In the martial arts, one of the fun activities to watch (in addition to the board breaks) is the disarms. The student learns to remove a weapon from the instructor’s (or other hapless student’s) hands. There are quite a few ways to do this, and many of them less dramatic than those featured in movies or television productions. (Having said that, the ending of the swordfight in The Princess Bride is a great wrap-up to one of my favorite battle scenes on the silver screen.)
Shortly before finishing this article, I saw a little guy in my son’s Tae Kwon Do class execute a disarm followed by a takedown. While the “opponent” was being cooperative to help the student out, the audience clapped when this student ended up with his instructor (who was at least twice his size) on the mat.
Even if not skilled in hand-to-hand combat, many people are effective in disarming conflicts in other ways. Maybe they know the right thing to say to calm things down, or just have a calming presence. There are even people we might say have disarming looks1, where it’s just difficult to stay angry at them (which is probably how toddlers get away with so much, when they look back at their parents with big eyes and a cute face).
And, this is a good thing. The Proverbs remind us of the wisdom of being a force of calm, rather than answering in a hostile way that just tries to force things to work out the way we want (see Proverbs 15:1).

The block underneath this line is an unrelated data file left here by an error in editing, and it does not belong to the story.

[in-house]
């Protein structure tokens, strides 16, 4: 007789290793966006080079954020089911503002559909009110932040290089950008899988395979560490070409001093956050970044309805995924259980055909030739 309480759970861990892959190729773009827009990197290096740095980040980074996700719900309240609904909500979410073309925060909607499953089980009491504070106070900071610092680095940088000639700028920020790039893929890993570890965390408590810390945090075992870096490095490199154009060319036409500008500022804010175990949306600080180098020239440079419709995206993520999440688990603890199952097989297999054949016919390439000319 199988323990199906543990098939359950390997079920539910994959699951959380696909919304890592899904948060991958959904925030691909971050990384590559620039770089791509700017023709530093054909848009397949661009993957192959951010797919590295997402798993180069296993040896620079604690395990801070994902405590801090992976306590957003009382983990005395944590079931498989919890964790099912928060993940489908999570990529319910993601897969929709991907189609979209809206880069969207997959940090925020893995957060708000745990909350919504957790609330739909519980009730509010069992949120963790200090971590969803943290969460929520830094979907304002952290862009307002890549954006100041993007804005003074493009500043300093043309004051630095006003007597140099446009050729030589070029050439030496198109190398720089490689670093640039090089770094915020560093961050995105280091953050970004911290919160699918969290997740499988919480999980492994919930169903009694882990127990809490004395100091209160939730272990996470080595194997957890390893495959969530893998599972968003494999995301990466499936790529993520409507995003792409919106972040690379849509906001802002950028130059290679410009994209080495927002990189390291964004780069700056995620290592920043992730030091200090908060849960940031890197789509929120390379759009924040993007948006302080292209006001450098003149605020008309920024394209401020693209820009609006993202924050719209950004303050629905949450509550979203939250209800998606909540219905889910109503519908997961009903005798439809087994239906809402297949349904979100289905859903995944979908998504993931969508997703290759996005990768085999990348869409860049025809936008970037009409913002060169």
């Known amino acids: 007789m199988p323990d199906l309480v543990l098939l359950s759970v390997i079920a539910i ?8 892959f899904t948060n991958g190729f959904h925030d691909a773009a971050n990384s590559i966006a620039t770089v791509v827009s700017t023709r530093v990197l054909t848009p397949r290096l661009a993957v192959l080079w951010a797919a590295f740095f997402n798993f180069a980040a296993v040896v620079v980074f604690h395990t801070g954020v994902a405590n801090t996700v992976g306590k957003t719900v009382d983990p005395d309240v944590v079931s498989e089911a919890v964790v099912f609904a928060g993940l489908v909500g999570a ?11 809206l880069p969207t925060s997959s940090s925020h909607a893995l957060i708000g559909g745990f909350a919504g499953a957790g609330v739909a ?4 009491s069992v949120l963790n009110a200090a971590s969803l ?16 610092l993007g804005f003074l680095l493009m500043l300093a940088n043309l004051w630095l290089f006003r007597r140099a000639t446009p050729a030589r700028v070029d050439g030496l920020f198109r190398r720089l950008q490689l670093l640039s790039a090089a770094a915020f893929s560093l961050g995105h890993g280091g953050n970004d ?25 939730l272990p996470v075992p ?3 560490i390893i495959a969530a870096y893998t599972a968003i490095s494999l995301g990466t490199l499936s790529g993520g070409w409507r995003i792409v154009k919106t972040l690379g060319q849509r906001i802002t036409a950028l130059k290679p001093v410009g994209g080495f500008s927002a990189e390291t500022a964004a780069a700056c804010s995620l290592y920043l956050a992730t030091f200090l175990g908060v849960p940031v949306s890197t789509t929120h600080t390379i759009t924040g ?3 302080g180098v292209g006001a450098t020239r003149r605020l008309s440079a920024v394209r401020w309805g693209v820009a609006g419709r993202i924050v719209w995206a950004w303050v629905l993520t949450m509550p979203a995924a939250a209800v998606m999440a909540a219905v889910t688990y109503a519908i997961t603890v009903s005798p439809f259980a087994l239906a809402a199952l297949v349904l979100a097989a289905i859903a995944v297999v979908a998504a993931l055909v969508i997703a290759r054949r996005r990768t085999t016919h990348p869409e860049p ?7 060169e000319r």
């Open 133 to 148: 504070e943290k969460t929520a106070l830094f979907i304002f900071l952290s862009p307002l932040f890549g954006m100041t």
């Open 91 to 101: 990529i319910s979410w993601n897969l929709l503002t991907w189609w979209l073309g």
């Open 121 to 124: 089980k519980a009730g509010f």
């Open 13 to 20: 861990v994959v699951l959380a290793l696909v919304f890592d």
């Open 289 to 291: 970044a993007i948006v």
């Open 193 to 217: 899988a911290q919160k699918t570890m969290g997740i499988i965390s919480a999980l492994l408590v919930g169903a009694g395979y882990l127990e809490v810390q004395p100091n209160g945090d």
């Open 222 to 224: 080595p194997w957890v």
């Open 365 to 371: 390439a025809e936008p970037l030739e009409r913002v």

However, the book of Colossians tells us about an even greater feat. Although I’m sure that Jesus could bring peace to a heated argument, He conquered more than just a disagreement: He paid the cost – the penalty – of our sins, and brought us from our destiny of death into an abundant life:
You were dead because of your sins and because your sinful nature was not yet cut away. Then God made you alive with Christ, for he forgave all our sins. He canceled the record of the charges against us and took it away by nailing it to the cross.
Colossians 2:13-14 NLT
…and, in doing so, he disarmed opposing forces:
In this way, he disarmed the spiritual rulers and authorities. He shamed them publicly by his victory over them on the cross.
Colossians 2:15 NLT
Any representative of evil that sought to revel in humankind’s death sentence was put to shame, as those who accept Jesus’ offer are rescued from the condemnation that they would otherwise deserve.
Jesus did it in an unprecedented form, too: Just as the martial arts expert uses an opponent’s momentum and weak points to gain the advantage, Jesus followed the very penalty of sin into death (although the only sins He was carrying were our own). Then, like a satellite catching the slingshot effect around the sun, Jesus was hurled into resurrected victory over sin and death, to His role as reigning Savior for the rest of time.
He could have fought sin head-on – after all, He had the strength to eliminate sin on the earth entirely by destroying humankind – but then we would have been lost in the process. Instead of just eliminating those who practiced sin in the world, He willingly accepting death (in our place), and in doing so, defeated the power of sin with sin’s own penalty.
So, I hope that you have the opportunity to be a peacemaker – bringing calm to situations where disorder is claiming ground. Even more so, though, it is my prayer that you will follow the One who performed the ultimate disarm: taking the sting of death itself away from those – like me – who deserved it (1 Corinthians 15:54-55).